Author: Sushmita Nad

Full-time MBA integration week – Block I

86 people. 14 companies. 4 days. 1 final showdown.

What does that line get you thinking? Analysis? Time? Game? Research? Competition? Tension? Whatever you are thinking, you are right.

That represents the stats of our integration week. Block I of our Full-time MBA came to an end on 25th of October 2019 with this incredible week.

The rules were simple:

  • 86 people are split in 14 teams
  • Each team
    • Is assigned a company
    • Analyses the assigned company on three fronts – strategic, financial and organisational behavioural
    • Prepares a 15-minute presentation to answer given questions
    • Answers questions by experts for 10 minutes

And that was probably the greatest catch – the simpler the rules, the wider the scope.

This week taught me importance of:

  1. Precision

When time is scarce, it is important to avoid beating around the bush and boil down the content to what is asked for. Let me try to simplify this by an example:

Question: Tell me who you are and how can you get better at what you are?

Answer #1: “When I was a 3-year-old child, I saw this movie that showcased life of a marathon runner. This inspired me to be a runner myself. I started training pretty early in my life. I used to get up early in the morning every day and go for a run in a park near my home. Sometimes I missed my classes to get better at my running time and speed. But you know, that really did not work out that well. My running times are not that good today, although my stamina and endurance improved over time. Strangely enough, I have been working at it for over 10 years now and I still feel the thrill of running. I have been good at sports all my life. I was even part of my school relay team! I think I should buy a proximity clock. I saw one of those at a store the other day, with a robust terminal, one that’s ISO certified. It also came with a clocking-in machine solution with holiday and sickness calculations. Yeah, I think having one of these will be a good way to improve myself.”

Answer #2: “I am an inspired marathon runner, although my greatest strengths are stamina and endurance, I need to work on my timing – an absolute key for success. A possible solution is to invest in a proximity clock and stop relying on guesswork so that my training is put to a better use.”

Answer #3: “I am runner. I can better myself by buying a proximity clock.”

You want to be Answer #2. First one is unstructured, has a lot of unnecessary information, goes off tangent, and does not correlate. Third one is simple and straight but does not provide a complete picture.

You should be able to balance storytelling and precision. Precision is what your audience is looking for, storytelling is what keeps their attention and binds things together.

  1. Teamwork

I know it is cliché to mention the importance of teamwork. You might ask, am I not ignoring my first rule of being precise? I want to highlight what will happen if team does not work well together:

It is crystal clear that you will end up not being the best. If you do not understand teamwork and do not work well in cohesion, you will:

    • Paint an unprofessional image of not only yourself, but also your teammates
    • End up having an uncomfortable work environment, to the extent that you feel like leaving the room is better than working with people in it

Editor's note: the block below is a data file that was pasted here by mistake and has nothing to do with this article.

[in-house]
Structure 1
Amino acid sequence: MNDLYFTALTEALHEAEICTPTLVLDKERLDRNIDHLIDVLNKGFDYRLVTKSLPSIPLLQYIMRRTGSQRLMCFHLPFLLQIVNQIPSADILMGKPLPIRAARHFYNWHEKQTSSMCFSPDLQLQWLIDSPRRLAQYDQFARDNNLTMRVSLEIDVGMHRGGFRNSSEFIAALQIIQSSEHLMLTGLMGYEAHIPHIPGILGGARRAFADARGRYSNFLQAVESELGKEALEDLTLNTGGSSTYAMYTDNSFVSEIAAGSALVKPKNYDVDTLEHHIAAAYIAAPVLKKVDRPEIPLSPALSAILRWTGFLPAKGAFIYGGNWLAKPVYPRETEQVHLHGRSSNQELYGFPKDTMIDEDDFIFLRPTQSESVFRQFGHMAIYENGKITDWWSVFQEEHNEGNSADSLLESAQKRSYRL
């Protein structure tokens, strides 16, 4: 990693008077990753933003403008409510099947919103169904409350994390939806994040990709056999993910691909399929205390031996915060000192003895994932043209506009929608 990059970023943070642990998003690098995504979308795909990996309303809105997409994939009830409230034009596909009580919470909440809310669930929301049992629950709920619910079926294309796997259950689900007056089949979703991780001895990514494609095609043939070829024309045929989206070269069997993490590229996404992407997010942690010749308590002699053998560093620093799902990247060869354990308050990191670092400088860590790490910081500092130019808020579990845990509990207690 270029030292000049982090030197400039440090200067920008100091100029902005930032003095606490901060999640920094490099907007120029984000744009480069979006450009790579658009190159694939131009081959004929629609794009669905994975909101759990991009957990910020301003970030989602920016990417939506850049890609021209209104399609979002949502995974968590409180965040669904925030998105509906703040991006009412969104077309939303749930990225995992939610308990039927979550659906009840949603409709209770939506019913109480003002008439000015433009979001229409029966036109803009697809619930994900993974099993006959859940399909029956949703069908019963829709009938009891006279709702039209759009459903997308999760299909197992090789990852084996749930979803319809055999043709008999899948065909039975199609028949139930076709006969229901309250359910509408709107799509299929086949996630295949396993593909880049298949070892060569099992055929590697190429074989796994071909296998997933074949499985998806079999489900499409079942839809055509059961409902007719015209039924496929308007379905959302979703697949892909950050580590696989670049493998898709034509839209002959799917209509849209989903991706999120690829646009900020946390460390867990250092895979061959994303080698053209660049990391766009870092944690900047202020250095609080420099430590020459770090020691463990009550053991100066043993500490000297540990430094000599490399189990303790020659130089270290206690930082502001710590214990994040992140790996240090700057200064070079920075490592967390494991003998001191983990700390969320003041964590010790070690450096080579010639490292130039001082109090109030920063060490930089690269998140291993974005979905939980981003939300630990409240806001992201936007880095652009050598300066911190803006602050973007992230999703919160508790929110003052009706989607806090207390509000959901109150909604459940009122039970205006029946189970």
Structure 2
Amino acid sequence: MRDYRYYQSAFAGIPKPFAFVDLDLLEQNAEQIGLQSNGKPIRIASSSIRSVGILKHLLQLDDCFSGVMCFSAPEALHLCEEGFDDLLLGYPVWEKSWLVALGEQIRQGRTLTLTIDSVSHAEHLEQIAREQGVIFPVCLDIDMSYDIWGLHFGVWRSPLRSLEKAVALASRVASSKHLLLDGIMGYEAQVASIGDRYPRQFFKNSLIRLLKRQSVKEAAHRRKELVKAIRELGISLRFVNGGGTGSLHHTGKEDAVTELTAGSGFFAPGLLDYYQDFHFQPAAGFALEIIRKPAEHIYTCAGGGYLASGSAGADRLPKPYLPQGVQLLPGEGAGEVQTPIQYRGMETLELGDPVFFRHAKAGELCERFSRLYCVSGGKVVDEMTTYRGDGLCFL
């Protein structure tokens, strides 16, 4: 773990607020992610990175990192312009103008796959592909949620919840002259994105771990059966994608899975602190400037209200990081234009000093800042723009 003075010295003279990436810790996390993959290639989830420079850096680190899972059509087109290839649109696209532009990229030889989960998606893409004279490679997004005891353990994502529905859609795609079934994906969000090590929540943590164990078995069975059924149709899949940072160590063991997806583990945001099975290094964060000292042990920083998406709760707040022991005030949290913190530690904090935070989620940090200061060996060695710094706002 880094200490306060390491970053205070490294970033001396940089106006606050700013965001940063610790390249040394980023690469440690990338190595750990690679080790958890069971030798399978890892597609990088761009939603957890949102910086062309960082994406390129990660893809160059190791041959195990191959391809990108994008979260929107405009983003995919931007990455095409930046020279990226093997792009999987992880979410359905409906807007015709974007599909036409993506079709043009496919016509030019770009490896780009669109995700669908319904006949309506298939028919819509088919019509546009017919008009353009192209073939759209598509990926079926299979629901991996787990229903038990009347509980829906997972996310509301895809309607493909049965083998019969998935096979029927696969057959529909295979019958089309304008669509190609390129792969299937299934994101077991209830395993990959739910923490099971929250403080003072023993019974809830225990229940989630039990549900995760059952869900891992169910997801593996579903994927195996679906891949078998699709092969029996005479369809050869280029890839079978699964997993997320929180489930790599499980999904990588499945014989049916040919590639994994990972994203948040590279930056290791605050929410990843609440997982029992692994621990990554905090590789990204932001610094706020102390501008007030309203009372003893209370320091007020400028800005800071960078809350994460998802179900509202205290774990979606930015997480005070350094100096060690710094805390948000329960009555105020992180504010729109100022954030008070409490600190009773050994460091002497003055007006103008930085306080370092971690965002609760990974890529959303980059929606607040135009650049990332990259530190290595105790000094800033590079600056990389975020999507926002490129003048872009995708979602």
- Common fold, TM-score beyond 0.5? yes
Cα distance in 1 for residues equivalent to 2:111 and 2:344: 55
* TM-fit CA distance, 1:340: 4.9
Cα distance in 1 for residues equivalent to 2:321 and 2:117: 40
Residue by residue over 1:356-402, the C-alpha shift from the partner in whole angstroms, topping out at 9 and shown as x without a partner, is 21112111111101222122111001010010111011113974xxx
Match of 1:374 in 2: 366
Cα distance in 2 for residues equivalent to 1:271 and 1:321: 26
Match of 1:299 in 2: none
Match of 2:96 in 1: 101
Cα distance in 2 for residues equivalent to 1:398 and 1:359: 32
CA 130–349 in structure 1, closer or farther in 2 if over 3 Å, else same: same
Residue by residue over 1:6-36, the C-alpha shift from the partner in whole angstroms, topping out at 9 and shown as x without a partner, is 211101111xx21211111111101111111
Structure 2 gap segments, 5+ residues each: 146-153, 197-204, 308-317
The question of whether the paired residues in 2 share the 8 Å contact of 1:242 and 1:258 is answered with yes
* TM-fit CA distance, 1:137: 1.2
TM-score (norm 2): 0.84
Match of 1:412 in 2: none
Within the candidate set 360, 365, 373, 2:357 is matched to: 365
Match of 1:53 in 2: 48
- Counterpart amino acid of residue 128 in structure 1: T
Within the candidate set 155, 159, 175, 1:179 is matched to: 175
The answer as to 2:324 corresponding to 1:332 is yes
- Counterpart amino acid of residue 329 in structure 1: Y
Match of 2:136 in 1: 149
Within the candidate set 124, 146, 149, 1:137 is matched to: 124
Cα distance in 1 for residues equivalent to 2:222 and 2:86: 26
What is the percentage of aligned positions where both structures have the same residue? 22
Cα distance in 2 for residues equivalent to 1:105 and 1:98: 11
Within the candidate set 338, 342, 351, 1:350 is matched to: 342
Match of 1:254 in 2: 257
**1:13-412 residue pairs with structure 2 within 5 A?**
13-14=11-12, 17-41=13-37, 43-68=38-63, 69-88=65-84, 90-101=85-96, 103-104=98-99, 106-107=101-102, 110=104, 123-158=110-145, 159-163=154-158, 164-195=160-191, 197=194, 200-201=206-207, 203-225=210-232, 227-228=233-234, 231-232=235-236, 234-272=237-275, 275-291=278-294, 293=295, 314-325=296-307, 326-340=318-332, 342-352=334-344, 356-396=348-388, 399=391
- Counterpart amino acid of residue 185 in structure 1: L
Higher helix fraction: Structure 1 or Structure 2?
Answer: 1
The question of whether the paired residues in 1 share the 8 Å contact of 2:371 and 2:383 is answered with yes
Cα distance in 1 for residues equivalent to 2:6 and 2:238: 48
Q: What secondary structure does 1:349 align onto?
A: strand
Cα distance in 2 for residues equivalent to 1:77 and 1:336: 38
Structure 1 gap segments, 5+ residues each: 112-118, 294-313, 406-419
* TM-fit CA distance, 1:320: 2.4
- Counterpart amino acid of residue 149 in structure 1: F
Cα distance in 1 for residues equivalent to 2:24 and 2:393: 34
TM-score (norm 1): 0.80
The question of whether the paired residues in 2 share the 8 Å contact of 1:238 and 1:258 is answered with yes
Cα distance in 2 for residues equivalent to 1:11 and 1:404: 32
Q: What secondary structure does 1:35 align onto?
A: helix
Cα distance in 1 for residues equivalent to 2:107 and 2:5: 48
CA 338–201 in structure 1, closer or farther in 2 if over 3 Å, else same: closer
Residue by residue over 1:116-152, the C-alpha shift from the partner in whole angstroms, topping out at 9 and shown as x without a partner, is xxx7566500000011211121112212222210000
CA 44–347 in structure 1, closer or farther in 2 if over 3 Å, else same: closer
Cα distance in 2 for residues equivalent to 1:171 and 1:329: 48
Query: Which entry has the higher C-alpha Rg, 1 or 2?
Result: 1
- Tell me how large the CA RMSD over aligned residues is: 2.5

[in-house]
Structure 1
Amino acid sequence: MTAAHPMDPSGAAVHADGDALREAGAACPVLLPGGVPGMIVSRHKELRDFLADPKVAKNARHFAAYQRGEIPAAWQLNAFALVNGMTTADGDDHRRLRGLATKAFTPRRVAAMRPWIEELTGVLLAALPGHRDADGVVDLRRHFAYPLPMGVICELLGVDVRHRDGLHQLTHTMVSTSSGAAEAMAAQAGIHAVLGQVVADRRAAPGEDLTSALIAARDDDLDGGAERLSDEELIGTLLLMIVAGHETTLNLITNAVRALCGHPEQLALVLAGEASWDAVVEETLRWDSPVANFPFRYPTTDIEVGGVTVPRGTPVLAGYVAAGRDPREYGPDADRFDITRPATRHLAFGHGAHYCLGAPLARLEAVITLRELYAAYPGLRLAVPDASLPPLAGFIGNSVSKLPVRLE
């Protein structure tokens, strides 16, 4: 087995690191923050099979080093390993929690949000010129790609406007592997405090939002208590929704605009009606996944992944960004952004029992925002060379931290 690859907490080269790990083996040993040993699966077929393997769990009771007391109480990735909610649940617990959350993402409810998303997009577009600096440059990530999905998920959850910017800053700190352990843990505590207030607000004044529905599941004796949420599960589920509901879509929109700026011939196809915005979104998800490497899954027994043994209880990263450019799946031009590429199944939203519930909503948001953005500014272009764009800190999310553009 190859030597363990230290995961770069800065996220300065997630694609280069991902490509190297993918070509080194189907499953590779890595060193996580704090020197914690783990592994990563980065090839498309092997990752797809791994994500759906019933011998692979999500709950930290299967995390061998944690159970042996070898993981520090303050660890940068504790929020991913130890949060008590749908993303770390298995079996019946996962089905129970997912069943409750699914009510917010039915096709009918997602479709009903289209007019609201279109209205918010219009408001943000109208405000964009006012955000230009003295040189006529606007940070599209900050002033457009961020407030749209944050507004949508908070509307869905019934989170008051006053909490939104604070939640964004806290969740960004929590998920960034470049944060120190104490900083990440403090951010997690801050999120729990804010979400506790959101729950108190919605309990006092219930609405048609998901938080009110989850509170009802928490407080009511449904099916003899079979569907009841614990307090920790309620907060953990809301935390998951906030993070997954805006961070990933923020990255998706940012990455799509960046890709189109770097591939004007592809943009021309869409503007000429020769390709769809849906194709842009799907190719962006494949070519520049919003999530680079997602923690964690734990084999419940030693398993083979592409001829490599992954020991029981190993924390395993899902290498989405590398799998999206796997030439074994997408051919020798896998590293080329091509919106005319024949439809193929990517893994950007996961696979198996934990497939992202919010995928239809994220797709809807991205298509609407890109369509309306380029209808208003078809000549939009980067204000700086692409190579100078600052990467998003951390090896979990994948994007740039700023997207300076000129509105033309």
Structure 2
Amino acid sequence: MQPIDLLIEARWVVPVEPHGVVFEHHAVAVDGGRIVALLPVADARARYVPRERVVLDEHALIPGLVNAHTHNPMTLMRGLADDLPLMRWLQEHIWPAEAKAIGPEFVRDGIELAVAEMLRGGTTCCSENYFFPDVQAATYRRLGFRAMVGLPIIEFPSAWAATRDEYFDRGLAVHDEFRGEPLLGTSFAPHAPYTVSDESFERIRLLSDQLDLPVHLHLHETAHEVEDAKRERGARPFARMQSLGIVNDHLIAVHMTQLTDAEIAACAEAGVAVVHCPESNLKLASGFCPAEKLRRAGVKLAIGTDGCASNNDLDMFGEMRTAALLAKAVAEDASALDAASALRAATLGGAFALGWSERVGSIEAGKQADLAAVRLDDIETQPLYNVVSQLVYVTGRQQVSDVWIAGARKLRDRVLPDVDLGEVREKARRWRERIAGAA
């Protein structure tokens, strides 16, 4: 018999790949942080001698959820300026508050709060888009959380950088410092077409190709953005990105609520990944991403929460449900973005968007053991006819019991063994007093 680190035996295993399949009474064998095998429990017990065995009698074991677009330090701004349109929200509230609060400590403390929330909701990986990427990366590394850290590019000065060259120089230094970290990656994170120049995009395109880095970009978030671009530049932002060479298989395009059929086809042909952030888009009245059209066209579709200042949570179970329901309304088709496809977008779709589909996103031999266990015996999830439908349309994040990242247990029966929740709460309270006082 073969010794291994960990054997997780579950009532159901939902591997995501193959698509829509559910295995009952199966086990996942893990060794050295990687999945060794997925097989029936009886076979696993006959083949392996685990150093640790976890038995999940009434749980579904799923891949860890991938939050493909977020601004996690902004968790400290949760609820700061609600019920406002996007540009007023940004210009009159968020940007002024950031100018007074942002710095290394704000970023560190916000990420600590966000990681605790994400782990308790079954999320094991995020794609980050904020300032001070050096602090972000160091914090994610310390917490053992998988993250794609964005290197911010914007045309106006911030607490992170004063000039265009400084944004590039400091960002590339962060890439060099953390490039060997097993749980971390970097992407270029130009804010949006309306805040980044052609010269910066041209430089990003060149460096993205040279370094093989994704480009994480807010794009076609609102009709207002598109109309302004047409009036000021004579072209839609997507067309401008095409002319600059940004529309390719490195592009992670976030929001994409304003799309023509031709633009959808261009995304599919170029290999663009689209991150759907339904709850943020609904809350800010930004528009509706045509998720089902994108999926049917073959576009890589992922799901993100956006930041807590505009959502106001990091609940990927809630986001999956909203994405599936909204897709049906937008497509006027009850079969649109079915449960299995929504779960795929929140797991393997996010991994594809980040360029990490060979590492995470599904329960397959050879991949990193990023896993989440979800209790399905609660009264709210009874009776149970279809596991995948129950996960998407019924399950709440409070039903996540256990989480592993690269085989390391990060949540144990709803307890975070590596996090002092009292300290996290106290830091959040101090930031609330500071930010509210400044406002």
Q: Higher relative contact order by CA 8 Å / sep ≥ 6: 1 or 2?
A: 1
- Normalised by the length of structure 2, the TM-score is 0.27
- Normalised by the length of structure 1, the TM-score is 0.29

• May risk your future of being someone nobody wants to work with
    • Feel disengaged, demotivated and burdened your team instead of being part of it

For anyone who is looking out for leadership roles, getting people from different backgrounds to work together efficiently is an immensely important skill. Develop it by using every opportunity provided.

  1. Hard work

There have been plentiful debates and there are roughly three million research journals about smart work vs hard work. From what I witnessed in this one week, given the time crunch, smart work is important. But nothing beats the hard work. The hardest working teams were the ones that won. It is taught to us time and again that “correlation is not causation”. So, this might not be the reason, but it definitely correlates.

 

 

If you want something, you need to work hard to get it. In my experience, there is no substitute for hard work. Yes, smart work complements hard work very well, but does not replace it.

It was a great pleasure to be part of this amazing week. Looking forward to Block II’s integration week.

 

Sushmita “Sushi” Nad, Full-time MBA (2020)

Networking

A friend of mine and I were having coffee.

She was about to quit her job and was sharing her story: “The Vice President of the company has done a lot for me. I was out of a job and out of hope when he approached his senior management and created a designation that never existed before – just for me. He convinced them and hired me here.”

I was baffled by the fact that someone could just create an opening that did not exist before. Fast forward few years, I was contacted by a recruiter on LinkedIn for a job that was not advertised on the company website. Fast forward few more years, I realised that this is not unusual. 60 – 70% of jobs are never advertised. As surprising as it sounds, it is true.

As it turns out, there is a way to access this “hidden” market – networking! A lot of importance is given to this aspect at Cass and as part of this, Mr Will Kintish was invited for a session. Of the many things learnt during this session, here are the ones that I left the room thinking about:

  1. Networking is a gradual process.

 It organically grows over time and we need to be patient for at least eight-nine months. There are three phases:

First – knowing. A good introduction plays crucial part (I talk more about this in my third point).

Second – liking. If I am not sending out good vibes, the other person is neither going to want to spend further time with me, nor is going to be open to listening me.